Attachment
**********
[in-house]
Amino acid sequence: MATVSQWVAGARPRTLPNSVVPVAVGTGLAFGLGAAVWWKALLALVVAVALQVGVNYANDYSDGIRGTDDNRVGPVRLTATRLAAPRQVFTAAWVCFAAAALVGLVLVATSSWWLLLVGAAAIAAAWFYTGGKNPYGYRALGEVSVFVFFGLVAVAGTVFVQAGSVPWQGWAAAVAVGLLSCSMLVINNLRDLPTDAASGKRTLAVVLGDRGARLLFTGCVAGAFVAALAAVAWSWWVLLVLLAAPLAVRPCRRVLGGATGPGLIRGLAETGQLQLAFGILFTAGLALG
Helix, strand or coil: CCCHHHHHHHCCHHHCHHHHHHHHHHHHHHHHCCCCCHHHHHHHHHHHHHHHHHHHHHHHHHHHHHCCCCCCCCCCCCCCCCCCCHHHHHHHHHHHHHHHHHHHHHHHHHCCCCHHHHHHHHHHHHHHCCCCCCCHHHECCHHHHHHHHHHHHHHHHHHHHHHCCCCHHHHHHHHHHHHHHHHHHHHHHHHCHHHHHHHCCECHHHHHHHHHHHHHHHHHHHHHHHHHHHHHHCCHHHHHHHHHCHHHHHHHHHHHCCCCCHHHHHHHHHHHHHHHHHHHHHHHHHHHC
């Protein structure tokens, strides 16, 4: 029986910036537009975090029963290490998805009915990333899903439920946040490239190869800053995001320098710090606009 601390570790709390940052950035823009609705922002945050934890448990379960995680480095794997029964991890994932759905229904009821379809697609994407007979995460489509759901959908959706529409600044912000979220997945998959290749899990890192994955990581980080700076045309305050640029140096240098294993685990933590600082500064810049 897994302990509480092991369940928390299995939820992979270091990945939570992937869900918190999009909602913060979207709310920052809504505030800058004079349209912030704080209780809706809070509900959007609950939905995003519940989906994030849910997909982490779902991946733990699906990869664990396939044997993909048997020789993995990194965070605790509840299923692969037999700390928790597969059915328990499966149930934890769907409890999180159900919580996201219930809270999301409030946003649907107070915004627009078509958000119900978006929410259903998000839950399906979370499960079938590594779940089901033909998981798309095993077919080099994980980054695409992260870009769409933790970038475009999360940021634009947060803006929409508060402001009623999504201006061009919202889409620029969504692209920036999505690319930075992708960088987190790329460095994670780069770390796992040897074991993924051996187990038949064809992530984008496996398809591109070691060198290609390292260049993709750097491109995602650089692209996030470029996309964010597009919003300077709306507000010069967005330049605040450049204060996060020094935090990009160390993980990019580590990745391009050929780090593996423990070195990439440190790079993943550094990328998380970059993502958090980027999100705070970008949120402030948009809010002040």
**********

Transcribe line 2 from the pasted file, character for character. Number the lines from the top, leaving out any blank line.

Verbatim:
Amino acid sequence: MATVSQWVAGARPRTLPNSVVPVAVGTGLAFGLGAAVWWKALLALVVAVALQVGVNYANDYSDGIRGTDDNRVGPVRLTATRLAAPRQVFTAAWVCFAAAALVGLVLVATSSWWLLLVGAAAIAAAWFYTGGKNPYGYRALGEVSVFVFFGLVAVAGTVFVQAGSVPWQGWAAAVAVGLLSCSMLVINNLRDLPTDAASGKRTLAVVLGDRGARLLFTGCVAGAFVAALAAVAWSWWVLLVLLAAPLAVRPCRRVLGGATGPGLIRGLAETGQLQLAFGILFTAGLALG